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The Ultimate Guide to SEO Copywriting Keyword Research

Guest Post by Brad Shorr


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Good SEO begins with keyword research before writing copy.

Copywriters make themselves more valuable to clients and command higher rates when they know how to research keywords for SEO: If a writing assignment is worth “x” dollars without optimization, it is worth “x-plus” with it. For SEO copywriting, keyword research is a three-step process of reviewing intent, volume and competitiveness.

1. Keyword Intent

The concept of intent is closely tied to relevance. If you were writing a product information Web page, relevant keyword phrases would express a user’s intent to make a purchase; for instance, “widgets on sale.” If you were writing a blog post describing how the same product was designed, relevant keyword phrases would express a user’s intent to learn; for instance, “how widgets work.”

Considering intent is important for three major reasons:

  1. The more relevant the content is to the search query, the more likely the user who clicks on the link will take action — placing an order, submitting an inquiry form, etc. Nobody likes being taken to a page that does not meet his or her search expectations.
  2. Intent narrows the focus to the people most interested in it, again improving conversion rates. Overly general keywords may attract a high volume of traffic, but not relevant traffic. Non-relevant traffic does the client little, if any, good.
  3. Intent forces you and the client to clearly determine the focus of the content. While this may sound simplistic, how often is Web content written without a clear purpose? Vague, meandering content does little to attract readers to the product, service or brand; instead, it bores or confuses them, reducing current and future conversion opportunities.

2. Keyword Volume

Keyword search volume is important because unless a targeted keyword phrase generates a minimum threshold of search queries, it will not generate enough traffic to produce a dial-moving number of conversions. For instance, “how widgets work” may be a perfect keyword phrase in terms of intent, but if its search volume is 50 searches a month, you should look for a related term with 10 or 20 times the volume.

Consider the value of a conversion when evaluating keyword volume. Back to the same example: While a search volume of 50 is too low in general, if the client’s product is worth $100,000 or if its lifetime customer value is $500,000, a single organic search conversion will pay for itself and then some — making the search volume of 50 strategically sensible.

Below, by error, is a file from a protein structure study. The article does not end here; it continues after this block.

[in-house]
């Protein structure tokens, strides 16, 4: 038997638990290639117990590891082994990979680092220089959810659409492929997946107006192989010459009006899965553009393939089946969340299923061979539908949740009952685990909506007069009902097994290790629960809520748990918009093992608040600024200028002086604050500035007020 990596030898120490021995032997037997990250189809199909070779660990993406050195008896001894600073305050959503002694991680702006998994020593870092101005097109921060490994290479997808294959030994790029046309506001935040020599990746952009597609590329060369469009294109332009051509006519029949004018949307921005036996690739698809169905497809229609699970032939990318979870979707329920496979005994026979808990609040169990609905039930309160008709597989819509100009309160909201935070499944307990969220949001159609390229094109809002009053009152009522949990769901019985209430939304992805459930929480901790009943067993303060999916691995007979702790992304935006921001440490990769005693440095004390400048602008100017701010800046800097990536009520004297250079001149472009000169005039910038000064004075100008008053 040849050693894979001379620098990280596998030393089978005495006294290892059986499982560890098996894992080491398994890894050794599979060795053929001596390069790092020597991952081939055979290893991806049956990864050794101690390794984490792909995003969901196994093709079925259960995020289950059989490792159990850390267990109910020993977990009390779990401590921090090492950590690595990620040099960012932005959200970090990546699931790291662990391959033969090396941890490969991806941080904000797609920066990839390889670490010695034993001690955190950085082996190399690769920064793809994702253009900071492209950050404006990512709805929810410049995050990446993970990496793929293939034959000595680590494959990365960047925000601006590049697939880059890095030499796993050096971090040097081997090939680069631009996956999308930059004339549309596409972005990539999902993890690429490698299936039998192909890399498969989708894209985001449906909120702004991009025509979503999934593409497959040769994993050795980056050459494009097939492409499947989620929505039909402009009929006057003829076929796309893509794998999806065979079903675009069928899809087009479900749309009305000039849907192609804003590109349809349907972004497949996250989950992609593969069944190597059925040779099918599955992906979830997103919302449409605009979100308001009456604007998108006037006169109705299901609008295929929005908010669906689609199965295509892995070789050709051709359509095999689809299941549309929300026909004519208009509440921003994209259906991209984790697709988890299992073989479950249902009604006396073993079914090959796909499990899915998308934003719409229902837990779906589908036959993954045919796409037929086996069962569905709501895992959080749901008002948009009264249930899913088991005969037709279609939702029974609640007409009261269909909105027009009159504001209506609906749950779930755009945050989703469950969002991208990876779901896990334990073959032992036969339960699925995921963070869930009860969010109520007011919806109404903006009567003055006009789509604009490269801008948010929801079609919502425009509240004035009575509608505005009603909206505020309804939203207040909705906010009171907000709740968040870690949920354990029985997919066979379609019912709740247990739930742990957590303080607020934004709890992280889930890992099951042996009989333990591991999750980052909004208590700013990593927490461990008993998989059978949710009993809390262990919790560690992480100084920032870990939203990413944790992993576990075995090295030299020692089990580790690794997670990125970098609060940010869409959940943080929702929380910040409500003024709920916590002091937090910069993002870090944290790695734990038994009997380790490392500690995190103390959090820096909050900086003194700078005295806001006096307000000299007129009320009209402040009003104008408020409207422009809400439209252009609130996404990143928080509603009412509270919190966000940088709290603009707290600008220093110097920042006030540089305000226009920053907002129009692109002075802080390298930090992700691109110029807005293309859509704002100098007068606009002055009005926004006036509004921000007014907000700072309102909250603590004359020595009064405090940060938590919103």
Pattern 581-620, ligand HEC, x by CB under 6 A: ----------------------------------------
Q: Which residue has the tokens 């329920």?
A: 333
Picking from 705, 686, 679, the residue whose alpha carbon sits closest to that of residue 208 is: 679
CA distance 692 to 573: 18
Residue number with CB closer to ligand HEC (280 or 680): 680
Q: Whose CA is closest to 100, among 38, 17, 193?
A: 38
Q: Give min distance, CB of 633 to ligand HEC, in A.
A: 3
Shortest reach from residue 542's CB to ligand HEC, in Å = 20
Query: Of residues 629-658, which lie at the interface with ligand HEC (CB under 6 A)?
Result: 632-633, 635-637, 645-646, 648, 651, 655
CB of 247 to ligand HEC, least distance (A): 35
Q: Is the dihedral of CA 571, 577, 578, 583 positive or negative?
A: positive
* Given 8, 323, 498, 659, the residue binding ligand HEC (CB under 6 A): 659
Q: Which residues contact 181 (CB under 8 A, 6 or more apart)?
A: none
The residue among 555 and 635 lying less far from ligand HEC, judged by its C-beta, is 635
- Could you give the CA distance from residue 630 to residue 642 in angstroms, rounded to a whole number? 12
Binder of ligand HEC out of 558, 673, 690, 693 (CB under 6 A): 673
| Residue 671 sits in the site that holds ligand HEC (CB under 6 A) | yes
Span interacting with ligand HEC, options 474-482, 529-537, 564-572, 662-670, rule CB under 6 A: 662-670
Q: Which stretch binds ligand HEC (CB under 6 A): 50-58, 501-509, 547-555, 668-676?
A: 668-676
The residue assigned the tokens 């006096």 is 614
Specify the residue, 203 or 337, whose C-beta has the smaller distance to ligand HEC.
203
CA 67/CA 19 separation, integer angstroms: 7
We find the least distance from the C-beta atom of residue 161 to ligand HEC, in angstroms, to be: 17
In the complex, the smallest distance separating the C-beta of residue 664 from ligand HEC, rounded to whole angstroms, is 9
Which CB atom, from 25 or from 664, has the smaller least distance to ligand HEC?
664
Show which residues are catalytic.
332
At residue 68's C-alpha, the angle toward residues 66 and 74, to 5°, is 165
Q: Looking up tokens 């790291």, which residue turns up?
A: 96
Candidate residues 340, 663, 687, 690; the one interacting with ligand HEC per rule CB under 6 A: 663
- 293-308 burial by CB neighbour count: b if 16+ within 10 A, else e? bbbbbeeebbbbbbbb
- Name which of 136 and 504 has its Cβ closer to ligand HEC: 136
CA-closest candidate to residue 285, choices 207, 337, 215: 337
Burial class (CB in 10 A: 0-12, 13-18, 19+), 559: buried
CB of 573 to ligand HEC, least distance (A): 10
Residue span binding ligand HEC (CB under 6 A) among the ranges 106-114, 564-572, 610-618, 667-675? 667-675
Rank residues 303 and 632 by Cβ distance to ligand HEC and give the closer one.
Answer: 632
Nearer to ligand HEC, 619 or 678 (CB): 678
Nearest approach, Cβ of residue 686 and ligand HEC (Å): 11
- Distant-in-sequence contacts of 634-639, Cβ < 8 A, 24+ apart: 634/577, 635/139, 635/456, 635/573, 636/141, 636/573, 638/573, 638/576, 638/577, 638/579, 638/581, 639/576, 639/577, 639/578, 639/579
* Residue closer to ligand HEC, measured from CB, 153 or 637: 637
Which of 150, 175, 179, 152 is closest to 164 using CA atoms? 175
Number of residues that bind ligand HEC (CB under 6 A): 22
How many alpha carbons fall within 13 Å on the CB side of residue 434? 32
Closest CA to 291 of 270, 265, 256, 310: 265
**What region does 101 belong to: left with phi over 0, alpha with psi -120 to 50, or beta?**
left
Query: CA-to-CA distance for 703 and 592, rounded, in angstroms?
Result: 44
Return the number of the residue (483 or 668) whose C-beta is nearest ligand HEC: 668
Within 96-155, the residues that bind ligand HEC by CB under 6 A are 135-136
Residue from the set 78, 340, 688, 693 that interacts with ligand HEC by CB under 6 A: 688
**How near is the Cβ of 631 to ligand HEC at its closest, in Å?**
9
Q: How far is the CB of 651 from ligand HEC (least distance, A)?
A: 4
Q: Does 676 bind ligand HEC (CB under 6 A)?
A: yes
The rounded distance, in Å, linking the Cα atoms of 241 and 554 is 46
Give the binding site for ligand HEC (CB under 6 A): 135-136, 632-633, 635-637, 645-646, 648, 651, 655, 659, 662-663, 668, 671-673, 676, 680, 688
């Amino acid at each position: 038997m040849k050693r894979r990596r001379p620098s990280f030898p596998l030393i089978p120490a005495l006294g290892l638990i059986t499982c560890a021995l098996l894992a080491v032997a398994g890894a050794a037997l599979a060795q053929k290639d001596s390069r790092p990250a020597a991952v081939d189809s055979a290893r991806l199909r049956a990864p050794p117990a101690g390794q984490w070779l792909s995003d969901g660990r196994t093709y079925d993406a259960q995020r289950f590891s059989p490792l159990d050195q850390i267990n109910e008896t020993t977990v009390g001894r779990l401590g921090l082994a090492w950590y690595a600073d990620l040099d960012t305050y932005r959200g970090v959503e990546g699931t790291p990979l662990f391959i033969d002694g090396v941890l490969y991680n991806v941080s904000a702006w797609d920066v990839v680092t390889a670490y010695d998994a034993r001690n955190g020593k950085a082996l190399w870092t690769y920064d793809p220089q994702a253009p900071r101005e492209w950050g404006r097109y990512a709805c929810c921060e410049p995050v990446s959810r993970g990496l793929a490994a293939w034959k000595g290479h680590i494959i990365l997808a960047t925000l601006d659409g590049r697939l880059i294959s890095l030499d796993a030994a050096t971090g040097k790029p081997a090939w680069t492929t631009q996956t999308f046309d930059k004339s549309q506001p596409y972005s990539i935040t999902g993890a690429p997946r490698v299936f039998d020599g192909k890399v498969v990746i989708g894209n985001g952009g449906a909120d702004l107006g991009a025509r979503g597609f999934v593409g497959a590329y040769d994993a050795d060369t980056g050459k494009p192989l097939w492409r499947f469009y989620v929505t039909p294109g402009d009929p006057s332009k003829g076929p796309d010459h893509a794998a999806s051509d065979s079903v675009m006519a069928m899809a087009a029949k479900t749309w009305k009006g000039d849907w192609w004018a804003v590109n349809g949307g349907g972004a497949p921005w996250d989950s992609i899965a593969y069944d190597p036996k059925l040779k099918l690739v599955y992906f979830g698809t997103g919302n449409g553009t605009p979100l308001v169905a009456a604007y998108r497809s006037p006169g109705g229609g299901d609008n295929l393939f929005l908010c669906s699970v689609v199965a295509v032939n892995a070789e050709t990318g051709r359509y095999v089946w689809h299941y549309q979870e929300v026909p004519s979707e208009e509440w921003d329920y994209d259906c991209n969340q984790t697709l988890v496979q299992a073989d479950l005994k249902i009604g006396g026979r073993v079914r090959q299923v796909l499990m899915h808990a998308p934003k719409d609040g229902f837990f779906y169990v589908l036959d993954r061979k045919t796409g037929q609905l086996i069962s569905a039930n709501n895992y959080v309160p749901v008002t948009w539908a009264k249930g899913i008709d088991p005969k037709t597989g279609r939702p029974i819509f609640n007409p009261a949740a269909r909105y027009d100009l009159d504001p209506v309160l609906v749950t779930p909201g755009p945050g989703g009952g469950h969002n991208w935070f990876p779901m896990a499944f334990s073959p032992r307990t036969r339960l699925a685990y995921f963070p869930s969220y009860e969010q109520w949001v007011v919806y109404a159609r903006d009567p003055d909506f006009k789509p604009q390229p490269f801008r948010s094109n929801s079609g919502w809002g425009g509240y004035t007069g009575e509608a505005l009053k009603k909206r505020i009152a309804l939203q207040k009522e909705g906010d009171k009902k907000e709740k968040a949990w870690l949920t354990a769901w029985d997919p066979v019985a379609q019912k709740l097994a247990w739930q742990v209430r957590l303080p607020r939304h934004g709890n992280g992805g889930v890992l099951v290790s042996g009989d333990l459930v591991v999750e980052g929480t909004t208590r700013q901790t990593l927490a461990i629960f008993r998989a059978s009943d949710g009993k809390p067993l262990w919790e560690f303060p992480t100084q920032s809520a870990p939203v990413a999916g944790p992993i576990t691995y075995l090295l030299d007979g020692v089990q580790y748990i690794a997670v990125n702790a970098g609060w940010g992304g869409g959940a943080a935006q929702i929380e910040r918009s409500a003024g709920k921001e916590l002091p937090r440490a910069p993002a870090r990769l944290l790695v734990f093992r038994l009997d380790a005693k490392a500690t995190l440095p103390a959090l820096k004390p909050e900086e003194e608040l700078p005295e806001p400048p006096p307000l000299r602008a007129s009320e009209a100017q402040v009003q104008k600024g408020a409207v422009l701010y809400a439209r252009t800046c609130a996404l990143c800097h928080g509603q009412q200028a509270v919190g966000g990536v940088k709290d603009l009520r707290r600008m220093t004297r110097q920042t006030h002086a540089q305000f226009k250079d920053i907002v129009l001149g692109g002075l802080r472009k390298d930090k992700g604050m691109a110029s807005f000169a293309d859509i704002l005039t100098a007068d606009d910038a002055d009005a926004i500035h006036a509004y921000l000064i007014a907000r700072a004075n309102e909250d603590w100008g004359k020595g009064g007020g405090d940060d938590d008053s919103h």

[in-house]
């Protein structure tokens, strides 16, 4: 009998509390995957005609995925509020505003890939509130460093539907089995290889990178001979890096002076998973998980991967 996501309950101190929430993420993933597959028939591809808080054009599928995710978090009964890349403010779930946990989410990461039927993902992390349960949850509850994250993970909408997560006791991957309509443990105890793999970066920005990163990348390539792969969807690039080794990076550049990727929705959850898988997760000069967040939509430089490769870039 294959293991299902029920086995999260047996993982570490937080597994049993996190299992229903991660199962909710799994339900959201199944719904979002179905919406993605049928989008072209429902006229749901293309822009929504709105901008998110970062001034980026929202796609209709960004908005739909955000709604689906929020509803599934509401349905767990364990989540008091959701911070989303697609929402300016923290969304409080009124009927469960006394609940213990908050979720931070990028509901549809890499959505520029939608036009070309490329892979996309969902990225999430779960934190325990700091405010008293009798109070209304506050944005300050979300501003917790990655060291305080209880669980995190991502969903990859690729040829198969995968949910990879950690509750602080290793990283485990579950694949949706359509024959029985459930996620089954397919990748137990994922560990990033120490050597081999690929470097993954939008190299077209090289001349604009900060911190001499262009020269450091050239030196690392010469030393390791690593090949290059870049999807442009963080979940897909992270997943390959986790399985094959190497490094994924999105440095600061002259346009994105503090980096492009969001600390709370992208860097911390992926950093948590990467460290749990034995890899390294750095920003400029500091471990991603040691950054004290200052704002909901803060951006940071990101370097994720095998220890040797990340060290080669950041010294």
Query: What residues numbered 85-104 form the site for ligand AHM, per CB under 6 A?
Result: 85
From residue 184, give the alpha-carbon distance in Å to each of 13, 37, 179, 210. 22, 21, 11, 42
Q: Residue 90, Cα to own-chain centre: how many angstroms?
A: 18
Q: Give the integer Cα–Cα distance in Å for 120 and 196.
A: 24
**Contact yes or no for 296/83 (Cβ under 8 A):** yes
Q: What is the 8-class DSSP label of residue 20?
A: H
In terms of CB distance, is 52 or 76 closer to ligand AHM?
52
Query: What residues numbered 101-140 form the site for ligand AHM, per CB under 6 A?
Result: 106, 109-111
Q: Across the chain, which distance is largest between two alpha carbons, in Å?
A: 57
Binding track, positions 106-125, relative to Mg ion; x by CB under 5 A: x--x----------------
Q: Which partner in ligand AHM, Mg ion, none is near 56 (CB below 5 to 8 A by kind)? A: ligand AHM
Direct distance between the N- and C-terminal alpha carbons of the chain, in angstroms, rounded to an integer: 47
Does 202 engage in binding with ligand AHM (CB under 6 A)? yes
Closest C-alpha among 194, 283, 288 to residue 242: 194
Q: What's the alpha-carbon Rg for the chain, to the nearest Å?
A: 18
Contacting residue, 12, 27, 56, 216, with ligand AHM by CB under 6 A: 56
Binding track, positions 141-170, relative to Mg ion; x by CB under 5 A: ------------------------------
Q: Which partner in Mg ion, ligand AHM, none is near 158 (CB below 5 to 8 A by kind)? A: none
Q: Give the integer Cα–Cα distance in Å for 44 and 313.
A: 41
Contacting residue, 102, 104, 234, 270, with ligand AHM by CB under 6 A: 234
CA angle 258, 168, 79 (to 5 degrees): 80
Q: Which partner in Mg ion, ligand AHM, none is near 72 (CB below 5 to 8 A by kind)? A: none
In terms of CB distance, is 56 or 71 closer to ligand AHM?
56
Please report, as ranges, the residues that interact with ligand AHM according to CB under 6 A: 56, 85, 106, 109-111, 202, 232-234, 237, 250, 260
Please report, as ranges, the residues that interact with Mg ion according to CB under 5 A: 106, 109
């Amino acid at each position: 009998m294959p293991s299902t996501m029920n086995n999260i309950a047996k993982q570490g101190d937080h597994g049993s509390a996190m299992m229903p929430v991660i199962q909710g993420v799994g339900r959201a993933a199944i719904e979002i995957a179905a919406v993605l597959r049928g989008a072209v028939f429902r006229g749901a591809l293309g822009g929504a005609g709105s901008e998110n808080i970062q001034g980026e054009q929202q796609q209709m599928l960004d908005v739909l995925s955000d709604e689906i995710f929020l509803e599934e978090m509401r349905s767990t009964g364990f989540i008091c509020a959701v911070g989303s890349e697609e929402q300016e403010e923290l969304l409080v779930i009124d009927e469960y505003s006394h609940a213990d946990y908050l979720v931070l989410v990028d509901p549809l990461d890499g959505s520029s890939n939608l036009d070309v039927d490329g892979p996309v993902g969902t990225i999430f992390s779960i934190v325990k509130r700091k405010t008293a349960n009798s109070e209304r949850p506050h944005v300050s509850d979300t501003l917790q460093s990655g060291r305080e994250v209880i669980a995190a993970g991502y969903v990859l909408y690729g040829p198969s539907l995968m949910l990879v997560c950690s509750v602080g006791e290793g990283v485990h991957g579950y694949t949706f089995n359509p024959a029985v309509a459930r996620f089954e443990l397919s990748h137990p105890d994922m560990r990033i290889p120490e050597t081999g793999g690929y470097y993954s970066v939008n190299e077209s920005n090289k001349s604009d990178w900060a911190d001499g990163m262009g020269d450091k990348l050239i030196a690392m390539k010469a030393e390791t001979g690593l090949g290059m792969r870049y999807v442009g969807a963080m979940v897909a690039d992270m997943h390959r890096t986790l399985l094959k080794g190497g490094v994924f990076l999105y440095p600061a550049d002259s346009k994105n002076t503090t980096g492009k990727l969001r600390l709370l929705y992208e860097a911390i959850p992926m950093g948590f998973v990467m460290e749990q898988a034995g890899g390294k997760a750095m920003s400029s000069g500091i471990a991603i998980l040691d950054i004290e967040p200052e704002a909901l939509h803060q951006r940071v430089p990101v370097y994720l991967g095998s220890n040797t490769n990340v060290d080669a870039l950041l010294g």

3. Keyword Competitiveness

Keyword competiveness helps you determine whether your targeted phrase has actual as well as theoretical conversion potential. If large competitors with big SEO budgets dominate the phrase in question, your attempt to gain high organic search visibility for that phrase may be futile.

On the other hand, if there does not seem to be a dominant group of companies holding top positions for the phrase, you’ve probably found a golden opportunity for your client to generate leads and revenue.

Generally, the higher the search volume is, the more competitive the term. This is why long-tail keyword phrases — longish phrases with highly specific intent — offer the best opportunities for small and midsized companies to rise to the top of organic search, such as:

  • “widgets under $40 for sale”
  • “semi automatic widget product specifications”
  • “how to use widgets for stain removal”

Tools and Tips

Copywriters can use a variety of online tools to assess search volume and keyword competitiveness. Among the many good options are the Google Keyword Planner and the Moz Keyword Difficulty Tool. A few additional tips to refine your keyword research:

  • When considering search volume, make sure it matches with the client’s target market. For instance, if the client sells in the U.S., exclude non-U.S. search volume.
  • Blog posts and off-site content are excellent for long-tail optimization. Core website product and service pages are generally more suitable for higher volume, less specific search terms (since users coming to these pages may be interested in information, making a purchase, general vetting of a supplier, etc.).
  • Optimizing a piece of content for more than a few keyword phrases is difficult, unless the content has a high word count (in excess of 1,000 words).
  • To brainstorm or validate potential keywords, check with the client’s sales and/or customer service teams. These people speak the language of the customer and know the types of phrases they use when asking about products and services.
  • Track SEO performance of your content. This is somewhat difficult now, since Google no longer provides SEO keyword data in its website analytics. Nevertheless, by tracking the source of traffic to the pages you’ve optimized, you can get an idea of how many visits are coming from Google and other organic sources over time.

Author Bio

Brad Shorr is the Director of Content Strategy for Straight North. They are a Chicagoland-based Internet marketing company that offers businesses throughout the United States SEO, PPC and web design services to improve their online presence and drive more leads to their website. With Brad’s industry experience, he’s been featured on sites, such as Salesforce, Smashing Magazine and Moz.

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